Influence of self-concept and social acceptance on academic achievement of students with visual impairment in Oyo State, Nigeria
Students with visual impairment do experience discrimination, stigmatization, neglect and isolation from significant others around them. These unsavory experiences do have significant impact on their normal learning process. Although several studies have been conducted on the teaching and learning of students with visual impairment, little or no attention is paid to the impact of certain factors affecting their academic achievement. This study, therefore, examined the influence of self-concept and social acceptance on academic achievement of students with visual impairment in Oyo state. Using descriptive research design of correlational type, twenty-seven students with visual impairment were selected using enumerative sampling technique from junior secondary schools in Oyo State. A structured questionnaire having three research instruments were used for data collection: Self-concept Scale for Blind Adolescents (r = 0.82), Social Acceptance Scale (r = 0.72) and Academic Achievement Test (r = 0.75). Two hypotheses were tested at the 0.05 level of significance. Data obtained were analysed using Pearson product moment correlation statistics. The results indicated that there was significant relationship between academic achievement and self-concept of students with visual impairment in Oyo state (r = 0.21; P < .05) and social acceptance and academic achievement of students with visual impairment in Oyo state (r = 0.36; P< .05). Based on the findings, recommendations were made that parents of children with visual impairment should treat all children equally with their sighted peers to improve their self-concept which will impact positively on their academic achievement in school, special educators should be given methodological guidance in order to work on this throughout the educational process for students with visual impairment to enhance their academic achievement.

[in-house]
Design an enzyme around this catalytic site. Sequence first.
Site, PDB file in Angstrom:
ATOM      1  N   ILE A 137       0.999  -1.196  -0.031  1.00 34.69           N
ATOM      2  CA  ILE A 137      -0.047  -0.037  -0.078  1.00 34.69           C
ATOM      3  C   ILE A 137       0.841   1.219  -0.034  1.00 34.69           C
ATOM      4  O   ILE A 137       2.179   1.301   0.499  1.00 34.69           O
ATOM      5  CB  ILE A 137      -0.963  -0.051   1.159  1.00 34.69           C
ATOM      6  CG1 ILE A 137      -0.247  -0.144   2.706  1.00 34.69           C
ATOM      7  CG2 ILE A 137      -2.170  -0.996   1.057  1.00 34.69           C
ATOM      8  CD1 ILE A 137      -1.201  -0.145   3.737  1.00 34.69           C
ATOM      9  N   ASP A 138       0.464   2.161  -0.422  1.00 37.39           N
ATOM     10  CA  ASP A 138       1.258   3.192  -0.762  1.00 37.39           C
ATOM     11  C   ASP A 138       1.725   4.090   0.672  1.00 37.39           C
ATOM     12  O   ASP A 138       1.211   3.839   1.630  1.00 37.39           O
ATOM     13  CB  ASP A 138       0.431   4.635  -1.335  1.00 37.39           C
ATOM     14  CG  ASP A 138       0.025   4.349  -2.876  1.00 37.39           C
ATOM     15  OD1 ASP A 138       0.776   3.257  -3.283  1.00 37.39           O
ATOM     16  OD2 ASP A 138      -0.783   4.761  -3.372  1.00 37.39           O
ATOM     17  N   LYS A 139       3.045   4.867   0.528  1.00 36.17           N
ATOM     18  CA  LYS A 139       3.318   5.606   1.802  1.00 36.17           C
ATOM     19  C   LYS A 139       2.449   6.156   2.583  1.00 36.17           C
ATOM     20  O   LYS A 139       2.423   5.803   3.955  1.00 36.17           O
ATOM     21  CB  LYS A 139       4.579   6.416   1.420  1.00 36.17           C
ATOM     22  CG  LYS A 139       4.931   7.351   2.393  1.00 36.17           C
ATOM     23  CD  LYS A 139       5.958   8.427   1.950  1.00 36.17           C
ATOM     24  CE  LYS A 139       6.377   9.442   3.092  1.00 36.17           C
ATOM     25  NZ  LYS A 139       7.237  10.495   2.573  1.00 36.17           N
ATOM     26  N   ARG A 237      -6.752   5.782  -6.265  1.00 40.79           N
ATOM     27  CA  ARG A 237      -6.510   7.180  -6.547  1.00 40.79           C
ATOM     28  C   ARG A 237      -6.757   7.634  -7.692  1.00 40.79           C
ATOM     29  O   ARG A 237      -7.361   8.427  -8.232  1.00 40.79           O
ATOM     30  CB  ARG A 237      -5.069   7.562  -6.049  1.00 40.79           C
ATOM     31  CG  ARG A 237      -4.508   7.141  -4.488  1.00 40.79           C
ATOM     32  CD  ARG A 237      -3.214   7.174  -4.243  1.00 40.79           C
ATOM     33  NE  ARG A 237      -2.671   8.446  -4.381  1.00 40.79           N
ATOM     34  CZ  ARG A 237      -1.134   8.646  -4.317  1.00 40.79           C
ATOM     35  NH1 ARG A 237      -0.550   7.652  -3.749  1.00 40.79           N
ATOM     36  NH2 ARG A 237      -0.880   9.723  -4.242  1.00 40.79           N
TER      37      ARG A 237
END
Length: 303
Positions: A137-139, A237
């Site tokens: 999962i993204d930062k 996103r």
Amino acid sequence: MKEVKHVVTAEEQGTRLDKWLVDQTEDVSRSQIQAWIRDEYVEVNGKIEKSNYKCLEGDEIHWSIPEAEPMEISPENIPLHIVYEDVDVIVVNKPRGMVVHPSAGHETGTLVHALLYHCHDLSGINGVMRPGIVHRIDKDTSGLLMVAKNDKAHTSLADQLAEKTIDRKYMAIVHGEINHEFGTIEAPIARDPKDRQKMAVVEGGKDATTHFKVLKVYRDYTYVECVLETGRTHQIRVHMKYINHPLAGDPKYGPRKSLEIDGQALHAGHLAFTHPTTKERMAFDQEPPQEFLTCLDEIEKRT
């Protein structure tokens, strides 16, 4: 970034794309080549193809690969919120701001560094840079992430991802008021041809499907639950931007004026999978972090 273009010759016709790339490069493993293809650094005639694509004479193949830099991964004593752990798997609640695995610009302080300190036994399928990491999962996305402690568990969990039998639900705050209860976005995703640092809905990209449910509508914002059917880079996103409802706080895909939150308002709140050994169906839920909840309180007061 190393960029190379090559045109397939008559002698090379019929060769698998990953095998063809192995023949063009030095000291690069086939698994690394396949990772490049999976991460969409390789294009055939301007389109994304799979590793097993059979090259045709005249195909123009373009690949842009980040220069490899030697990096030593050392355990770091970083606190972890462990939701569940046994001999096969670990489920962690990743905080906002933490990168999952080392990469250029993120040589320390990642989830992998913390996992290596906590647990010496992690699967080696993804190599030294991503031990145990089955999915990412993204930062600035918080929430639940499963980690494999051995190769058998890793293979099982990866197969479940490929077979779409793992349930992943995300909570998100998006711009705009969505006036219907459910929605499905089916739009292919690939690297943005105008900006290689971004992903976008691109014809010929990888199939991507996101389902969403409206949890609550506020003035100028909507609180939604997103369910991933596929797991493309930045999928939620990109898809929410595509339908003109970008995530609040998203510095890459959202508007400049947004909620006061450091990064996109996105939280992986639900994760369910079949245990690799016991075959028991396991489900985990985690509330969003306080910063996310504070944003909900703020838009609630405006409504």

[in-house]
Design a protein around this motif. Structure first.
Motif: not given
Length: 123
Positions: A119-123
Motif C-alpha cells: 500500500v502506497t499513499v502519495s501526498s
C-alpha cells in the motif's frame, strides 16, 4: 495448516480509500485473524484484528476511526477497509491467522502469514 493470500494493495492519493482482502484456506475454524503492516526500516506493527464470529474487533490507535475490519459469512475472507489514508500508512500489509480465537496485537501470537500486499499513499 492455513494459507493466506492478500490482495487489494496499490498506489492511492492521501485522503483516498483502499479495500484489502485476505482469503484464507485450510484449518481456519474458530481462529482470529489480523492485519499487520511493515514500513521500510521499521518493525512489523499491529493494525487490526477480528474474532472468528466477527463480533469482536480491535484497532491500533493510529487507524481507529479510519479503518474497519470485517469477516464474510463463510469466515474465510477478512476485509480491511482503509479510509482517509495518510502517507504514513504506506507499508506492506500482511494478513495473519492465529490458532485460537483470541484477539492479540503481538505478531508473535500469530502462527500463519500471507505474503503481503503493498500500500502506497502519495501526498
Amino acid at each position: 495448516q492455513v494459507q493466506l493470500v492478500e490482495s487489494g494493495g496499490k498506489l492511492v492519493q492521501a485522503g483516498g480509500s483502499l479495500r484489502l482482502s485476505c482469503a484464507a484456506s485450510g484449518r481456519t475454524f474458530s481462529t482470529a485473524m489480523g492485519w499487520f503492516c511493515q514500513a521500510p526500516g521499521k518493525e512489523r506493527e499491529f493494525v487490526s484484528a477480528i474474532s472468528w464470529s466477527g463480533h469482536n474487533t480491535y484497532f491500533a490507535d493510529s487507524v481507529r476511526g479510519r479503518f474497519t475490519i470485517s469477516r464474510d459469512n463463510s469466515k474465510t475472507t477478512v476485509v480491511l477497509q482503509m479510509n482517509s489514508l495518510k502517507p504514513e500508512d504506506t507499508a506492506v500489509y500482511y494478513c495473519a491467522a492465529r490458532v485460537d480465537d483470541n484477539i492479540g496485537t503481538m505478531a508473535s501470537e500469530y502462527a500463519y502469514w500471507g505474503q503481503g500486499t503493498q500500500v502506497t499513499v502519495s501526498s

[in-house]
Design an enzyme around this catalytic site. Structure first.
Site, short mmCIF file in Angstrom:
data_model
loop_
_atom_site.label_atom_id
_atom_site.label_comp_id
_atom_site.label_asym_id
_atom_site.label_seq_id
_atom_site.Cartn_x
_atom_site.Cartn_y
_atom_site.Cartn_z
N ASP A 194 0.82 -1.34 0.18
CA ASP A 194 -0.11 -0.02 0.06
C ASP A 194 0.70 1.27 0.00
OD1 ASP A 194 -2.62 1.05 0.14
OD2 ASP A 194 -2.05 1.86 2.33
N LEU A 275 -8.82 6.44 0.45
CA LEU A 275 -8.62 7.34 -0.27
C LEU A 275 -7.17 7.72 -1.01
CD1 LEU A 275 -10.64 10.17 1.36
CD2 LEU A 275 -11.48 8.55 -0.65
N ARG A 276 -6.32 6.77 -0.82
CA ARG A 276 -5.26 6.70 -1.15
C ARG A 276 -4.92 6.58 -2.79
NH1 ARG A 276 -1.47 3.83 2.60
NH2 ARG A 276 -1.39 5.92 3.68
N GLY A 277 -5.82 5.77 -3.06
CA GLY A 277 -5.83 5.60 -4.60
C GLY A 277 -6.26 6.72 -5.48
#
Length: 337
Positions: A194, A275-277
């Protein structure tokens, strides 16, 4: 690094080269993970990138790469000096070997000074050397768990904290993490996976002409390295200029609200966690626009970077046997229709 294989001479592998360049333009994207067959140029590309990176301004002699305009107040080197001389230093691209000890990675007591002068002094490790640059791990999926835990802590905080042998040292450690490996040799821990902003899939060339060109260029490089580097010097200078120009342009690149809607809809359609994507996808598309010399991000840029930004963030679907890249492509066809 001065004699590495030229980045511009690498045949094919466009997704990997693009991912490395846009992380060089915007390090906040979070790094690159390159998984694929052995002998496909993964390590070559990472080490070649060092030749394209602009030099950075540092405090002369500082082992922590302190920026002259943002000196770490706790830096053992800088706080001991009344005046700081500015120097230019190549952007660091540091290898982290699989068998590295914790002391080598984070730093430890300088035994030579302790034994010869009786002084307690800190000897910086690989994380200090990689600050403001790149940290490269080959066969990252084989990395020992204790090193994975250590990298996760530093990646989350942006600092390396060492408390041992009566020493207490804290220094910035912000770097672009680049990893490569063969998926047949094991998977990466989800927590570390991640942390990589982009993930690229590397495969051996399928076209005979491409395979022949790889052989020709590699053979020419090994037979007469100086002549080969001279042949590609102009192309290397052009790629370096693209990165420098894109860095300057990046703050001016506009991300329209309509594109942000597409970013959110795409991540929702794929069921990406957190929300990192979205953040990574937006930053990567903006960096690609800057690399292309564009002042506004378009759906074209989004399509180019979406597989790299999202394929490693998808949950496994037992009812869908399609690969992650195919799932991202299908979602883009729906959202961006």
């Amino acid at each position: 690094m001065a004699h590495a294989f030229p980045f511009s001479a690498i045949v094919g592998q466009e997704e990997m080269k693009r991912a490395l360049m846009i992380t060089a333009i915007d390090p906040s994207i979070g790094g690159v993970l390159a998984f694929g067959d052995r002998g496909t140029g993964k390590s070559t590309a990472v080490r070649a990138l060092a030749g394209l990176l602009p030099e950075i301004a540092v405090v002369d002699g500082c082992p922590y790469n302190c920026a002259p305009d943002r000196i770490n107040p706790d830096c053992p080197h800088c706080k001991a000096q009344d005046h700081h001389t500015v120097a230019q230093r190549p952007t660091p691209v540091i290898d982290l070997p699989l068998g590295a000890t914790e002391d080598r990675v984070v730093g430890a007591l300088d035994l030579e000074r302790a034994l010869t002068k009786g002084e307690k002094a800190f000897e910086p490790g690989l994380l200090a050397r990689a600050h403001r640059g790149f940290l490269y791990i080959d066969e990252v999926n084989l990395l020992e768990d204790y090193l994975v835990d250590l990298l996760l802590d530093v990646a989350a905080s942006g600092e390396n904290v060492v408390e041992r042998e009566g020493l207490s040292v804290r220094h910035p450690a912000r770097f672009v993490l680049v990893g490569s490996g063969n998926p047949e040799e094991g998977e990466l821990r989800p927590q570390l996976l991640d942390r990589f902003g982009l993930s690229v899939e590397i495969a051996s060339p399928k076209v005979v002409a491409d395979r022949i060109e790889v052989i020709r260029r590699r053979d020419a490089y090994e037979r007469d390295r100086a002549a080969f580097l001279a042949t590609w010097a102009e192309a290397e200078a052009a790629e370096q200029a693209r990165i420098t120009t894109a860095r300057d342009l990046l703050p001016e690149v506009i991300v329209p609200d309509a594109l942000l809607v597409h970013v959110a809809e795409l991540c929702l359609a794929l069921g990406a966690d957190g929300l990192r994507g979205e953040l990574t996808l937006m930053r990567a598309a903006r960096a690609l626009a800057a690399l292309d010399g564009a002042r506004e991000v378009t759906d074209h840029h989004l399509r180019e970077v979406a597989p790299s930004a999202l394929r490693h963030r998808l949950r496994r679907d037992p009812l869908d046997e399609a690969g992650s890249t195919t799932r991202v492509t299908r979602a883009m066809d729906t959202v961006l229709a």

Keywords: Self-concept, Social acceptance, Academic achievement, Visual impairment